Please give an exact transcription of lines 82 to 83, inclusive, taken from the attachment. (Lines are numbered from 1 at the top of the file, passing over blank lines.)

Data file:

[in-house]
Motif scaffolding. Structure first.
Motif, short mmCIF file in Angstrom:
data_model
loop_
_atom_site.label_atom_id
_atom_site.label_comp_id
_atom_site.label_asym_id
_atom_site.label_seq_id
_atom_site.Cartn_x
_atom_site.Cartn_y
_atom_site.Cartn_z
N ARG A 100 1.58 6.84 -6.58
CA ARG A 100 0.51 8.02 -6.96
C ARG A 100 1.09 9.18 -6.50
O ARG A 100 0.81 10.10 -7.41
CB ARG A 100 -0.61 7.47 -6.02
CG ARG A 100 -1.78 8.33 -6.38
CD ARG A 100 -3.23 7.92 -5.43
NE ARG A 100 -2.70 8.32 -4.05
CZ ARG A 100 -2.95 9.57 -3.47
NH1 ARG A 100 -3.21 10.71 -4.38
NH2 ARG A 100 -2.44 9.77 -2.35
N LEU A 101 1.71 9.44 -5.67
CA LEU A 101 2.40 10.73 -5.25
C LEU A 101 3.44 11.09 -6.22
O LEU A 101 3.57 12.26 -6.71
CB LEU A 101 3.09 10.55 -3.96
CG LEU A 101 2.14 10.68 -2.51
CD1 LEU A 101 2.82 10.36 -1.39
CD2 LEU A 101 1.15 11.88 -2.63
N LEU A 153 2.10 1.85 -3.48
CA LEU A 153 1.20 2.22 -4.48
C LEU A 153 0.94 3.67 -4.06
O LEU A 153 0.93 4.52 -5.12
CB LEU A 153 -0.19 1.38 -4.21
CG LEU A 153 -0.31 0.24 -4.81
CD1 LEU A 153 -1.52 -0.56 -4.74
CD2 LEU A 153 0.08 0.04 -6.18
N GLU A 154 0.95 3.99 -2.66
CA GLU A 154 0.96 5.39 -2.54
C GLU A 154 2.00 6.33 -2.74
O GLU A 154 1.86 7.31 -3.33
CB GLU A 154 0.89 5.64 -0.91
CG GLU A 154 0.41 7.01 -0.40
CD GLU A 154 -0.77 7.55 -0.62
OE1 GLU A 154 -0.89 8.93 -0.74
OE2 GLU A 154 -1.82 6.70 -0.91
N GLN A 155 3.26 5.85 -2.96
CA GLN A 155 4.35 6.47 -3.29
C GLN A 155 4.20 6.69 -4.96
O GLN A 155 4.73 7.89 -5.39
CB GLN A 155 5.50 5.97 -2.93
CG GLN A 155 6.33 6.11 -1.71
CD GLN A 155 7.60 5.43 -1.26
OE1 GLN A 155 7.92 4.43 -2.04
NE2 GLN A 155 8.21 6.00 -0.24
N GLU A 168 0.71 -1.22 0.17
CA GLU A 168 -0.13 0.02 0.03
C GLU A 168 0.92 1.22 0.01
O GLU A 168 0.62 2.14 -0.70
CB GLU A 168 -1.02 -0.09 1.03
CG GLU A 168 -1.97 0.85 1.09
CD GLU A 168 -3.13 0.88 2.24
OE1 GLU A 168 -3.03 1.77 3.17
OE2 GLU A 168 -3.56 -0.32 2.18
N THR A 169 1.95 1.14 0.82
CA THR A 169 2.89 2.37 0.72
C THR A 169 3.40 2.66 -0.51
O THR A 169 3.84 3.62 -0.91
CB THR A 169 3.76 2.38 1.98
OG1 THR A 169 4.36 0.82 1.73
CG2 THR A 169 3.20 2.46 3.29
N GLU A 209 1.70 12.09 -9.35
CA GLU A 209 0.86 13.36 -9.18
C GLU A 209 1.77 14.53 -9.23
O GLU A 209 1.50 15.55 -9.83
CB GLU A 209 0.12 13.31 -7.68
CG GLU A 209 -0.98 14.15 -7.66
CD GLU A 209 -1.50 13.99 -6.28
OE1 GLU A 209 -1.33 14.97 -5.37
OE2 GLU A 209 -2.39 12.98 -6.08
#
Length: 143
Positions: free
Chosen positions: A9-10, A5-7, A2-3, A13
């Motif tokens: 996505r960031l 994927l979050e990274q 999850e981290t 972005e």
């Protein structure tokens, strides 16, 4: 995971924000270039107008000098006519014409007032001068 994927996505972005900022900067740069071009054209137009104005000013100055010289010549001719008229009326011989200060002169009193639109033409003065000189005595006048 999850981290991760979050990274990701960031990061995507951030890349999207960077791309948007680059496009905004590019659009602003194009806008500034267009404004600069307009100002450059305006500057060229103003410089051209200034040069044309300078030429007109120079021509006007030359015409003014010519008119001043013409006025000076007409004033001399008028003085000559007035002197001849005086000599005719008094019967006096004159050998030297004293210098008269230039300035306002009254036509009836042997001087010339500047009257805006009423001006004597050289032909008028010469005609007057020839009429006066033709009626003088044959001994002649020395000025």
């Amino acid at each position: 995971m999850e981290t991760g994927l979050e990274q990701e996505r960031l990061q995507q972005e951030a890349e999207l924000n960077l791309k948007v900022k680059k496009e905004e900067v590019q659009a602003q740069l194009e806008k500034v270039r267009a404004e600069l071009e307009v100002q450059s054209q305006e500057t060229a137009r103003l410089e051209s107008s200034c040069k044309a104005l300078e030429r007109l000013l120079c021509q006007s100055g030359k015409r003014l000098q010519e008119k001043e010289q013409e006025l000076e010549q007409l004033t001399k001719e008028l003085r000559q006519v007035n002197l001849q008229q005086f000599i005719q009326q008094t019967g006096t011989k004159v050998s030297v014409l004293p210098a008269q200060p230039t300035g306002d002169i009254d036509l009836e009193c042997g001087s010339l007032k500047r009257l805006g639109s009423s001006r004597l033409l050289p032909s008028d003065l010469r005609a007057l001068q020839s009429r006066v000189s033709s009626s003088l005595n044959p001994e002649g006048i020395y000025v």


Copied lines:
OE2 GLU A 209 -2.39 12.98 -6.08
#